To survive adverse and fluctuating conditions, microorganisms possess mechanisms to recognize diverse environmental changes and mount an appropriate response. Microorganisms frequently react simultaneously to a wide variety of stresses, and the various stress response systems interact with each other by a complex of global regulatory networks. Stress response systems can play an important role in the virulence of pathogenic organisms. In this book, expert contributors from around the world summarize the current knowledge on microbial stress response and comprehensively review the recent findings that have greatly advanced the understanding of stress response systems. Each chapter is devoted to a particular organism or group of organisms, including: Gram-negative bacteria * Streptococcus * Neisseria * Listeria monocytogenes * Bacillus cereus * Salmonella * Yersinia * Vibrio * Mycobacterium * mycoplasmas * yeast * Plasmodium falciparum * Toxoplasma gondii * Leishmania * Trypanosoma cruzi * Trypanosoma brucei * Entamoeba histolytica. In addition to providing an up-to-date review of current trends, the book also describes the challenges for future research and provides comprehensive reference sections. It represents a major collection of information and knowledge across a wide range of microorganisms and is highly recommended for anyone interested in stress response, regulatory networks, environmental microbiology, or the pathogenicity of microorganisms.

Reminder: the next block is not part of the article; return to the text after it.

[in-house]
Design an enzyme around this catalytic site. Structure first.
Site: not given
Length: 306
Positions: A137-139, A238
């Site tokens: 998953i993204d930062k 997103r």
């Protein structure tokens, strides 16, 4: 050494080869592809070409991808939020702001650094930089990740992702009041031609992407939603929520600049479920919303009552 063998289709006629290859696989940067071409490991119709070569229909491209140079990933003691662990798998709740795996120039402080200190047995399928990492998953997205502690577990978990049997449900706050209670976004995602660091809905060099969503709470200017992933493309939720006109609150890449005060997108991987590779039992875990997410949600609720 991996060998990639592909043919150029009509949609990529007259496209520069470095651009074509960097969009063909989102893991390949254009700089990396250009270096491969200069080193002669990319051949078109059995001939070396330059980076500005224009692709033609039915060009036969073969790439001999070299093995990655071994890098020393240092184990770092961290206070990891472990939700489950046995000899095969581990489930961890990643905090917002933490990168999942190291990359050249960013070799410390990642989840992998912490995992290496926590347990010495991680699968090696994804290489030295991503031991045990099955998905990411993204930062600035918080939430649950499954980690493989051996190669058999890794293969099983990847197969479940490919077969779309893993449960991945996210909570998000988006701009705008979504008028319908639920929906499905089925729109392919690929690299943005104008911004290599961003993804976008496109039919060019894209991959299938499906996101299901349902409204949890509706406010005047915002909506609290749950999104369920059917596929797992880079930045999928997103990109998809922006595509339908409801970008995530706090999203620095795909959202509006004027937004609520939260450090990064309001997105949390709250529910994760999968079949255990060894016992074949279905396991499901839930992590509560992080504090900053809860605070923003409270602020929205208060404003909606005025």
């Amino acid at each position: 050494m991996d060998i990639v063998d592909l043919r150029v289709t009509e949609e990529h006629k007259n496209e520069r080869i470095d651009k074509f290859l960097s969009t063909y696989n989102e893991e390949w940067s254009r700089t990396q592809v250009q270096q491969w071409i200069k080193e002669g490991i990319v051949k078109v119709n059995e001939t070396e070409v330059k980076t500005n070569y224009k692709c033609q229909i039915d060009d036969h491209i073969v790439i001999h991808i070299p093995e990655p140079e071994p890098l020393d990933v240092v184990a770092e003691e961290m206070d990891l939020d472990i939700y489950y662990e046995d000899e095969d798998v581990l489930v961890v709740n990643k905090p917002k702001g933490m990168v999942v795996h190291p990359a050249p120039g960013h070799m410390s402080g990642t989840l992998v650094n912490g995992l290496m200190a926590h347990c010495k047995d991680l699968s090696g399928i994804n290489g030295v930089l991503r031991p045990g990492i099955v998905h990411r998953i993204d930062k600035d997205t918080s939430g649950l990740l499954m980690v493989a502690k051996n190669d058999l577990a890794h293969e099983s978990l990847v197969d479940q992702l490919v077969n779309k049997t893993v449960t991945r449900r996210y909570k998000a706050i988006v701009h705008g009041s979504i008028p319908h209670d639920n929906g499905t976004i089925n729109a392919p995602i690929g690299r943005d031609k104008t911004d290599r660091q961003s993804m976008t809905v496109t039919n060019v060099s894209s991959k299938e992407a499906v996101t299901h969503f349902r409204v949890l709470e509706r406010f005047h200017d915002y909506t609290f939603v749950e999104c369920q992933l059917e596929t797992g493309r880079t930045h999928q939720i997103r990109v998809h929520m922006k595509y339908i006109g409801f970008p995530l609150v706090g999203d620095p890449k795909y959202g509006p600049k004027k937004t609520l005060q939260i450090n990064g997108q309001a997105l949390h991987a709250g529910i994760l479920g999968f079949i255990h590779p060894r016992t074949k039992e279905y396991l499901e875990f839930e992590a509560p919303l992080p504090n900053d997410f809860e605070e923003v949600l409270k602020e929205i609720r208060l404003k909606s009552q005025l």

Changes in the physiological, psychological, and behavioral manifestations of stress have been observed in association with increases in circulating oxytocin.
Author: Brooklyn K. Wagner
Category: Hypothalamic-pituitary-adrenal axis